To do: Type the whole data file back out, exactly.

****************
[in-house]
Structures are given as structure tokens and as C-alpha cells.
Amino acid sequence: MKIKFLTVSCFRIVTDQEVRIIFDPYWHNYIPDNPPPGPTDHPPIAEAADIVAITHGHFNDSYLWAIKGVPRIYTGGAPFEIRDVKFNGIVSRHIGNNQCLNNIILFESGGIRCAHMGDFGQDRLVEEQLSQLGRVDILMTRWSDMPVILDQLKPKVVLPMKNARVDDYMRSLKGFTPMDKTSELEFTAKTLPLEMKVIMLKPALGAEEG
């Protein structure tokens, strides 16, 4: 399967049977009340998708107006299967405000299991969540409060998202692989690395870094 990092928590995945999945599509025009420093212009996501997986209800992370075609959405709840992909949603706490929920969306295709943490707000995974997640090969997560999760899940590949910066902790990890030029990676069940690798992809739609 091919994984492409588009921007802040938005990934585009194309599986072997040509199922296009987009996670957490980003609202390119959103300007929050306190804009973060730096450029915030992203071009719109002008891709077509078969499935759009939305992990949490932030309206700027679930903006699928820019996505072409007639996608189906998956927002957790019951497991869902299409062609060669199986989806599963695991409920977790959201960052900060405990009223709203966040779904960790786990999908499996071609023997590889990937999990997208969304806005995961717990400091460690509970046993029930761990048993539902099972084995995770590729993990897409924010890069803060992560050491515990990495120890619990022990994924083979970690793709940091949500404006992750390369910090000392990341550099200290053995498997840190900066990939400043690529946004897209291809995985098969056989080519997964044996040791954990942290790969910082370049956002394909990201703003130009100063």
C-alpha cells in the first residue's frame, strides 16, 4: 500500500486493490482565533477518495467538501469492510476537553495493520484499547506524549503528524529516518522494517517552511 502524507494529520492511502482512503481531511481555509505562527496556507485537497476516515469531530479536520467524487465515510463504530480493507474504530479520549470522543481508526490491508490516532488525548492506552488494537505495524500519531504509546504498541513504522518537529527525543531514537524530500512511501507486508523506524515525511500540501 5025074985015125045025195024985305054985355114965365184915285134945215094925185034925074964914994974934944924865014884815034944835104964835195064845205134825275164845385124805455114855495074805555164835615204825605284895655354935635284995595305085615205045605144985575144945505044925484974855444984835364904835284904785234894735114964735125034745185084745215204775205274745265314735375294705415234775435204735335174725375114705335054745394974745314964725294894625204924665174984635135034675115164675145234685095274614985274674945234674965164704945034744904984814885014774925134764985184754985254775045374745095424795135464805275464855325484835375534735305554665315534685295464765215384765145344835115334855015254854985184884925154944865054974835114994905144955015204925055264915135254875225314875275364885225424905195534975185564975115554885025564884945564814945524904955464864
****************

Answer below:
[in-house]
Structures are given as structure tokens and as C-alpha cells.
Amino acid sequence: MKIKFLTVSCFRIVTDQEVRIIFDPYWHNYIPDNPPPGPTDHPPIAEAADIVAITHGHFNDSYLWAIKGVPRIYTGGAPFEIRDVKFNGIVSRHIGNNQCLNNIILFESGGIRCAHMGDFGQDRLVEEQLSQLGRVDILMTRWSDMPVILDQLKPKVVLPMKNARVDDYMRSLKGFTPMDKTSELEFTAKTLPLEMKVIMLKPALGAEEG
């Protein structure tokens, strides 16, 4: 399967049977009340998708107006299967405000299991969540409060998202692989690395870094 990092928590995945999945599509025009420093212009996501997986209800992370075609959405709840992909949603706490929920969306295709943490707000995974997640090969997560999760899940590949910066902790990890030029990676069940690798992809739609 091919994984492409588009921007802040938005990934585009194309599986072997040509199922296009987009996670957490980003609202390119959103300007929050306190804009973060730096450029915030992203071009719109002008891709077509078969499935759009939305992990949490932030309206700027679930903006699928820019996505072409007639996608189906998956927002957790019951497991869902299409062609060669199986989806599963695991409920977790959201960052900060405990009223709203966040779904960790786990999908499996071609023997590889990937999990997208969304806005995961717990400091460690509970046993029930761990048993539902099972084995995770590729993990897409924010890069803060992560050491515990990495120890619990022990994924083979970690793709940091949500404006992750390369910090000392990341550099200290053995498997840190900066990939400043690529946004897209291809995985098969056989080519997964044996040791954990942290790969910082370049956002394909990201703003130009100063």
C-alpha cells in the first residue's frame, strides 16, 4: 500500500486493490482565533477518495467538501469492510476537553495493520484499547506524549503528524529516518522494517517552511 502524507494529520492511502482512503481531511481555509505562527496556507485537497476516515469531530479536520467524487465515510463504530480493507474504530479520549470522543481508526490491508490516532488525548492506552488494537505495524500519531504509546504498541513504522518537529527525543531514537524530500512511501507486508523506524515525511500540501 5025074985015125045025195024985305054985355114965365184915285134945215094925185034925074964914994974934944924865014884815034944835104964835195064845205134825275164845385124805455114855495074805555164835615204825605284895655354935635284995595305085615205045605144985575144945505044925484974855444984835364904835284904785234894735114964735125034745185084745215204775205274745265314735375294705415234775435204735335174725375114705335054745394974745314964725294894625204924665174984635135034675115164675145234685095274614985274674945234674965164704945034744904984814885014774925134764985184754985254775045374745095424795135464805275464855325484835375534735305554665315534685295464765215384765145344835115334855015254854985184884925154944865054974835114994905144955015204925055264915135254875225314875275364885225424905195534975185564975115554885025564884945564814945524904955464864